Given that primates are intelligent and sensitive animals, such research requires a higher level of ethical justification. The scientific community continues to work together to minimise the suffering of primates wherever possible. We welcome the worldwide effort to Replace, Refine and Reduce the use of primates in research.

We, the undersigned, believe that if we are to effectively combat the scourge of neurodegenerative and other crippling diseases, we will require the careful and considered use of nonhuman primates. Stringent regulations across the developed world exist to ensure that primates are only used where there is no other available model – be that the use of a mouse or a non-animal alternative and to protect the wellbeing of those animals still required. The use of primates is not undertaken lightly, however, while not all primate research results in a new treatment, it nonetheless plays a role in developing both the basic and applied knowledge that is crucial for medical advances.

A segment of the letter printed in the Guardian

A segment of the letter printed in the Guardian

Get involved – show your support!

While, the letter itself is published. Understanding Animal Research are continuing the accept signatories from neuroscientists and primate researchers (signatories must be from academia and must hold a PhD, MD or equivalent). These are being updated on a regular basis on their website.

So if you wish to sign – click here: https://www.surveymonkey.co.uk/r/PrimateLetter

Already they are up to over 550 signatories – just one week after they started collecting (considerably more than the 21 signatories that Cruelty Free International managed in their letter, and with a lot more expertise in the area of Neuroscience).

Speaking of Research

We mightn’t like it, but there are ethical reasons to use animals in medical research

Trichur Vidyasagar, University of Melbourne

The media regularly report impressive medical advances. However, in most cases, there is a reluctance by scientists, the universities, or research institutions they work for, and the media to mention animals used in that research, let alone non-human primates. Such omission misleads the public and works against long-term sustainability of a very important means of advancing knowledge about health and disease.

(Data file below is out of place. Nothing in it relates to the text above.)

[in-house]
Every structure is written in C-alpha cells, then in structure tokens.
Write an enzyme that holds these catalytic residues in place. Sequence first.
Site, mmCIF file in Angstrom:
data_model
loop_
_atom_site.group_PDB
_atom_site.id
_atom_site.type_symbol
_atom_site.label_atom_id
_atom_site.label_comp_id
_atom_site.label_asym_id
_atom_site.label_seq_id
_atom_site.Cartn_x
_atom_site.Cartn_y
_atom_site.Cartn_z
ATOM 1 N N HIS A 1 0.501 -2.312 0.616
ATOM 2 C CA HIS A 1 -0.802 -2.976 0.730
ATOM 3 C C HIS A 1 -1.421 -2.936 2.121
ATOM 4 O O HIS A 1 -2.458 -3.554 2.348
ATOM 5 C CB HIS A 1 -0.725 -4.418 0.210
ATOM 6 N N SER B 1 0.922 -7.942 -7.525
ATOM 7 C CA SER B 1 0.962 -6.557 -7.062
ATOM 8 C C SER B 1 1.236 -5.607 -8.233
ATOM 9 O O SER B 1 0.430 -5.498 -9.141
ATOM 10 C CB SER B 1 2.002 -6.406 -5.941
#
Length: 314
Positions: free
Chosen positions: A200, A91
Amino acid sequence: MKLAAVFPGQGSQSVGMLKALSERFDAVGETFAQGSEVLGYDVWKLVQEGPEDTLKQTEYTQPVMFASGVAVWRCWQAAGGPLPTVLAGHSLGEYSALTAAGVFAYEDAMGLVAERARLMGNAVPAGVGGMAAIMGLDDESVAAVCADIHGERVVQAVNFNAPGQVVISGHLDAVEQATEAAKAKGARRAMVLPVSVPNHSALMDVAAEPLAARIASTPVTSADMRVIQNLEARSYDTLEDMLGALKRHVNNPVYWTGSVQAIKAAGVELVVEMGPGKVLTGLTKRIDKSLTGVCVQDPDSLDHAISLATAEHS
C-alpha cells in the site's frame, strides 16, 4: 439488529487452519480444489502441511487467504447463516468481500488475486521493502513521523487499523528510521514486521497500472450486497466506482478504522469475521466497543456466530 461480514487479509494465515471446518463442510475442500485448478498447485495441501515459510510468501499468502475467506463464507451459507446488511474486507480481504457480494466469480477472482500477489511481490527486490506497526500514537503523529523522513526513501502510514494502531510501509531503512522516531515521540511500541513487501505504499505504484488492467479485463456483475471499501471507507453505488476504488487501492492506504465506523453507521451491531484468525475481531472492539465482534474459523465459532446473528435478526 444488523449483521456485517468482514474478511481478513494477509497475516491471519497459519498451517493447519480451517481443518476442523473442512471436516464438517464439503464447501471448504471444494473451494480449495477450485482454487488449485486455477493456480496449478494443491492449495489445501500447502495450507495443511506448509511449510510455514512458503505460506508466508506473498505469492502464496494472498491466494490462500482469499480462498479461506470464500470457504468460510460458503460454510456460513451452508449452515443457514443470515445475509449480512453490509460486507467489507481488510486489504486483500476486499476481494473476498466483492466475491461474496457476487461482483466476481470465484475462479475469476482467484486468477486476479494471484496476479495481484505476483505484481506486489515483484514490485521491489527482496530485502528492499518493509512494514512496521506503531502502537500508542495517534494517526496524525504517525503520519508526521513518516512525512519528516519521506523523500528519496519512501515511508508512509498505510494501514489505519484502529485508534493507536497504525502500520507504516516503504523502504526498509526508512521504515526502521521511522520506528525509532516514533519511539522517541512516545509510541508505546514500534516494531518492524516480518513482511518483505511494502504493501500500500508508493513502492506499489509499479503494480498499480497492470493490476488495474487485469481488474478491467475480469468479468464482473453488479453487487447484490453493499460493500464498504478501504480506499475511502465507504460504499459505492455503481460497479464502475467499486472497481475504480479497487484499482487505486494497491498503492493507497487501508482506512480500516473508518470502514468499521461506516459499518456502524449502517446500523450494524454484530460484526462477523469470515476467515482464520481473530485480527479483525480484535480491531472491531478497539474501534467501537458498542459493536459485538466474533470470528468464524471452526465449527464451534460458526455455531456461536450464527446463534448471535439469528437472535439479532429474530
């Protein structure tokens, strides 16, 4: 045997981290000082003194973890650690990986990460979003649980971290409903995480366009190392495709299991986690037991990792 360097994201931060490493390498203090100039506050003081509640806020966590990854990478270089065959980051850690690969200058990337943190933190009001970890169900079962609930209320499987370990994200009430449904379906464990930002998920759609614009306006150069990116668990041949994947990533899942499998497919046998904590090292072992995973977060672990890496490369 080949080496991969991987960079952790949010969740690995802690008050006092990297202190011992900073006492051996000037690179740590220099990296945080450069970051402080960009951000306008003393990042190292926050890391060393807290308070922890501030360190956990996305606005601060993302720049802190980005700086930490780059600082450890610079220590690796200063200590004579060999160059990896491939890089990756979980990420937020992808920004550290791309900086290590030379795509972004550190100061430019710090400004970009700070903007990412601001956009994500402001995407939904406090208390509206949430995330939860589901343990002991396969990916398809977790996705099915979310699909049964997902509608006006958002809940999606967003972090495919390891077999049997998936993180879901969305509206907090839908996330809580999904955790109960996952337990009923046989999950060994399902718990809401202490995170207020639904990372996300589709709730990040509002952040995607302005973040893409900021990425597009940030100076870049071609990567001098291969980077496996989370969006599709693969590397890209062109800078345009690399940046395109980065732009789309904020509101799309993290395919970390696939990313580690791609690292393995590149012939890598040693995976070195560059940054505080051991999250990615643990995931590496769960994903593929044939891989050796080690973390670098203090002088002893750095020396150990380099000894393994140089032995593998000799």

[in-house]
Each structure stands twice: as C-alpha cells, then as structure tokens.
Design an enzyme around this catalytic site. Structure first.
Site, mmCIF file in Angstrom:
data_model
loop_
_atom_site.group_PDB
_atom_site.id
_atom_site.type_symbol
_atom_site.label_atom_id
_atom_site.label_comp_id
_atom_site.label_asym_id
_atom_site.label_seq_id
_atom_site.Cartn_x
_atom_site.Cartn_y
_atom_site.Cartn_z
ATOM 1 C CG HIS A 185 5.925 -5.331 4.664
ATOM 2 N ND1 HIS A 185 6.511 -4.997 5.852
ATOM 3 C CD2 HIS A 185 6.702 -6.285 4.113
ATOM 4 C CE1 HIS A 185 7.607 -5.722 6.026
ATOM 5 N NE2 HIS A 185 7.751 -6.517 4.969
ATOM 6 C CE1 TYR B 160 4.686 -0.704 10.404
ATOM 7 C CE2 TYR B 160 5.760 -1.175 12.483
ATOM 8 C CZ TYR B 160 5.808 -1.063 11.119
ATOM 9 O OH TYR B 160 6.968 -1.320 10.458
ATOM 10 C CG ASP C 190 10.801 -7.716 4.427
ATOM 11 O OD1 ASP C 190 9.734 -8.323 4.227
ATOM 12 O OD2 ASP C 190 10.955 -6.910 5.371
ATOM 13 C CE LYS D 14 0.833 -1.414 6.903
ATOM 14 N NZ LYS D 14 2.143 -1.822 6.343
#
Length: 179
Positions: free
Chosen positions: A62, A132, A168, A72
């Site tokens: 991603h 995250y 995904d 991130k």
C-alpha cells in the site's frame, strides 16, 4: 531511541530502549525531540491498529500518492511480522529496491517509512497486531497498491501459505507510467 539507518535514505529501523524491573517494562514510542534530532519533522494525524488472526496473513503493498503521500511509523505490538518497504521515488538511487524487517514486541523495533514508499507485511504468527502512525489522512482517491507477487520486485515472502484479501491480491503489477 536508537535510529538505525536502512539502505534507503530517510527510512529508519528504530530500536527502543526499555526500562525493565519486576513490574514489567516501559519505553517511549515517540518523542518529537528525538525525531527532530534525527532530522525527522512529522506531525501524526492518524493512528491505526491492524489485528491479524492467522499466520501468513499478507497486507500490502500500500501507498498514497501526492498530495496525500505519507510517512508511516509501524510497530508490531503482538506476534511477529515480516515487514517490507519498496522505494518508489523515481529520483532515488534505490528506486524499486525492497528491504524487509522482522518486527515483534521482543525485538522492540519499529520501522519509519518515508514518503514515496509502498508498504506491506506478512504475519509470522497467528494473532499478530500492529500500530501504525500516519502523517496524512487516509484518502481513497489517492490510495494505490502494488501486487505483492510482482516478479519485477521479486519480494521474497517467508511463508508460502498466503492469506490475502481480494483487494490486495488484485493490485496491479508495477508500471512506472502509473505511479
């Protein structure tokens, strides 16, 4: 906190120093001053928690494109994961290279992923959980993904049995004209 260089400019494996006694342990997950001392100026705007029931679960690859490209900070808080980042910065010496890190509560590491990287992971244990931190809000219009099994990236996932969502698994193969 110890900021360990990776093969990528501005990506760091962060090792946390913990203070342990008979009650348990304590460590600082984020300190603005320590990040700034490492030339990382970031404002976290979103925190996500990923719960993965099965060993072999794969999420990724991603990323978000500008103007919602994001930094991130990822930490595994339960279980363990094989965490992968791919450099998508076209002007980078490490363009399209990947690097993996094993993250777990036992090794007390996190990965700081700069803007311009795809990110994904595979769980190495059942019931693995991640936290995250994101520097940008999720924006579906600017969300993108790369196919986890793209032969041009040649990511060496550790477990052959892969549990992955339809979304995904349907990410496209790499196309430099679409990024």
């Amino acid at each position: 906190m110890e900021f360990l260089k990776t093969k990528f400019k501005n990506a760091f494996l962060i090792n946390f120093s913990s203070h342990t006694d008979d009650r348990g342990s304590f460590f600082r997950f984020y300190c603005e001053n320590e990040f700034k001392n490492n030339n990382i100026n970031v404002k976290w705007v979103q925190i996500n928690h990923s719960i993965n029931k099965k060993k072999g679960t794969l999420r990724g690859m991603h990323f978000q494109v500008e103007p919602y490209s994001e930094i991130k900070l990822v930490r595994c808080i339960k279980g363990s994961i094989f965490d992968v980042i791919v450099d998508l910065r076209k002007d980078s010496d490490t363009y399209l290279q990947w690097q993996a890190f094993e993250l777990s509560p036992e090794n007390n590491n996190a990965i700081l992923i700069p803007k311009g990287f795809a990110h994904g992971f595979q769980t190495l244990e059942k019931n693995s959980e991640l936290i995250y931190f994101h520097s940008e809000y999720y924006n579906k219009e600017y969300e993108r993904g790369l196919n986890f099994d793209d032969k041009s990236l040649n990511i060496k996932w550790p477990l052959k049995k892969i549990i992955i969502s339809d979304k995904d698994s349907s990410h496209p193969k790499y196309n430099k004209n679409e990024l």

Consider the recent report by Ali Rezai and colleagues, in the journal Nature, of a patient with quadriplegia who was able to use his hands by just thinking about the action. The signals in the brain recorded by implanted electrodes were analysed and fed into the muscles of the arm to activate the hand directly.

When journalists report on such bionic devices, rarely is there mention of the decades of research using macaques that eventually made these early brain-machine interfaces a reality for human patients. The public is shielded from this fact, thereby lending false credence to claims by animal rights groups that medical breakthroughs come from human trials with animal experiments playing no part.

Development of such brain-machine interfaces requires detailed understanding of how the primate brain processes information and many experiments on macaques using different interfaces and computing algorithms. Human ethics committees will not let you try this on a patient until such animal research is done.

Image: Understanding Animal Research

Image: Understanding Animal Research

 

These devices are still not perfect and our understanding of brain function at a neuronal level needs more sophistication. In some cases, the macaque neural circuitry one discovers may not quite match the human’s, but usually it is as close as we can get to the human scenario, needing further fine-tuning in direct human trials. However, to eliminate all animal research and try everything out on humans without much inkling of their effects is dangerous and therefore highly unethical.

The technique Dr Rezai’s team used on human patients draws heavily upon work done on monkeys by many groups. This can be seen by looking at the paper and the references it cites.

Another case in point is the technique of deep brain stimulation using implanted electrodes, which is becoming an effective means of treating symptoms in many Parkinson’s patients. This is now possible largely due to the decades of work on macaques to understand in detail the complex circuitry involved in motor control. Macaques continue to be used to refine deep brain stimulation in humans.

Ethical choices

The number of monkeys used for such long-term neuroscience experiments is relatively small, with just two used in the study above. Many more are used for understanding disease processes and developing treatment methods or vaccines in the case of infectious diseases such as malaria, Ebola, HIV/AIDS, tuberculosis and Zika.

Approximately 60,000 monkeys are used for experiments for all purposes each year in the United States, Europe and Australia.